Also, something I picked up a few decades back that there’s a difference between logic and rhetoric. (Also there’s a difference between debate and dialectic, but that’s something else we’ll go into later.) Despite what they ‘think,’ often what people are doing isn’t being logical. It’s instead belief and persuasion presented as logic. That’s to say they’re presenting their beliefs as if they are facts -- and often they’re trying to get you to ‘buy in.’ Buzzwords are a great way to hide when someone is doing this. Now that topic is a big can of worms I don’t want to open right now, but it’s important to know that to understand this: A lot of ideologies are self-eating watermelons.
That’s to say they are mushed up pattern of circular logic, self-reinforcing beliefs, self-fulfilling prophecies, decision making paradigms, behaviors, “There’s a hole in the bucket Dear Liza” self-limitations and blame. Okay fine. So what? Ah, glad you asked (or didn’t). Once someone is on this kind of intellectual and emotional hamster wheel, what keeps it going is a unique language. Language inherent in perpetuating certain ideas and blocking out other ideas.
That’s why simple English is an important litmus test.
No buzz words. No redefined common words that mean something completely different to the speaker than to you. No lofty proclamations about humanity. No ‘you have to read this obscure thesis about _____ (fill in the blank)’ — especially about the meaning of a buzzword. Simple, “Hey, this is what I am talking about” language.
Can the person do it? This is not a trap, nor is it an unrealistic request. Because if there really is something there, the person will be able to do it. If they spin off into a screed about themselves, history, giant ‘causes,’ insults, or “it’s not my job to educate you” then pop the red flags. Things aren’t kosher.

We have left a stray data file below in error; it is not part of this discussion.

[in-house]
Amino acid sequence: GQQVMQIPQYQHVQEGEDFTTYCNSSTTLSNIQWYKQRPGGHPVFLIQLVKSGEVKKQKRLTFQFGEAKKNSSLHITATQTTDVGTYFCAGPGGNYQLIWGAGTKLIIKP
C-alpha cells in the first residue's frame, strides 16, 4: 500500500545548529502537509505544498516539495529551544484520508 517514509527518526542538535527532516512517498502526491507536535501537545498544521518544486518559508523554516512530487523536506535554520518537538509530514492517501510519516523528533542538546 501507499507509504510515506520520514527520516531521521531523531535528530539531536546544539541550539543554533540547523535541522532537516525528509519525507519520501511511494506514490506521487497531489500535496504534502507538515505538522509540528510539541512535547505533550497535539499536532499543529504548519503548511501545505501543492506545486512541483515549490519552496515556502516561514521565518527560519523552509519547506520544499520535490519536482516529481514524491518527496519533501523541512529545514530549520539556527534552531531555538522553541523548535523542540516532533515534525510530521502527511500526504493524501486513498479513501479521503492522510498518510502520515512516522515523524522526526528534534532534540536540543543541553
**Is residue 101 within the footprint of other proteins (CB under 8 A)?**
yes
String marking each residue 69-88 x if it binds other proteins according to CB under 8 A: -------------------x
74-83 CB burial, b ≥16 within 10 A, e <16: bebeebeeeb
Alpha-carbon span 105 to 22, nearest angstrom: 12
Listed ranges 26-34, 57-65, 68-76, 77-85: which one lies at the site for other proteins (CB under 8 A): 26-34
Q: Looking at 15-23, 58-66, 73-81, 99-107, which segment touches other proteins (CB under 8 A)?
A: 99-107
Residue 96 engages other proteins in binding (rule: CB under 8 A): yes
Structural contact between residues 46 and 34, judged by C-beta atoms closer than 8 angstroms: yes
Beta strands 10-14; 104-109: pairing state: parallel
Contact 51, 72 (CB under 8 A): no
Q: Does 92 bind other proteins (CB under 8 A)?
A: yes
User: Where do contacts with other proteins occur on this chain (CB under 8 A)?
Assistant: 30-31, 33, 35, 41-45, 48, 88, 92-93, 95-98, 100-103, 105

Also important, is there outside sources to support and verify what they are saying? For example, if someone is going on about ‘his people’ dying on the job you can go look up trends in workplace deaths at the bureau of labor statistics and OSHA. You don't want vague statistics from unknown sources. For verification you want hard numbers from a reliable source. Be cautious about grandiose claims about society — especially when the whole ‘proof’ only exist in one squishy field and relies on buzzwords and academic concepts as the proof. (Como se de se, “self-eating watermelon?”)
Fifth— Take it home and unpack it.
By that I mean take your time and examine the ideas from several perspectives with access to research capabilities. That last is where most your labor is going to be.
Look into certain fields to understand how they work, what are common practices and factors. This is EXTREMELY important because often what is unquestionable proof of "X" from one perspective is more a "That is how it works in that business. " Also if you can talk with someone in that field and ask. (Usually people telling you it’s “X” aren’t in that field.) When you talk to someone in the field, you'll typically get confirmation, 'this is why' factors, or "That's not how it works at all." Often when they tell you ‘how it works’ that's a far better explanation for the problem than a grandiose claim of “X.”
(I call this the "Ghost Hunters Approach." One of the earlier paranormal shows had a couple of plumbers and part-time paranormal investigators. I liked the show because they would go into a house first looking for physical causes for reported supernatural events. “Yeah, that spooky thumping you're hearing down in the basement? Your hot water pipe is missing two brackets here and here. The pipe sways and thumps.” Moving on to the next ‘paranormal' event.)
Also, spend some time looking into some foundational subjects about how humanity ticks.This is just as important as having a passing knowledge of a professional field before you accept someone's 'proof 'about how things work' but this time, you're looking at how humanity 'ticks.' For example the last subjects I dove into were Moral Foundation Theory and Time Perspective Theory. Them thar r sum powerful ideeas. Ones that you'll get major insights into where people are coming from and how their perspectives influence their thinking. All you have to do is run their ideology past these ideas.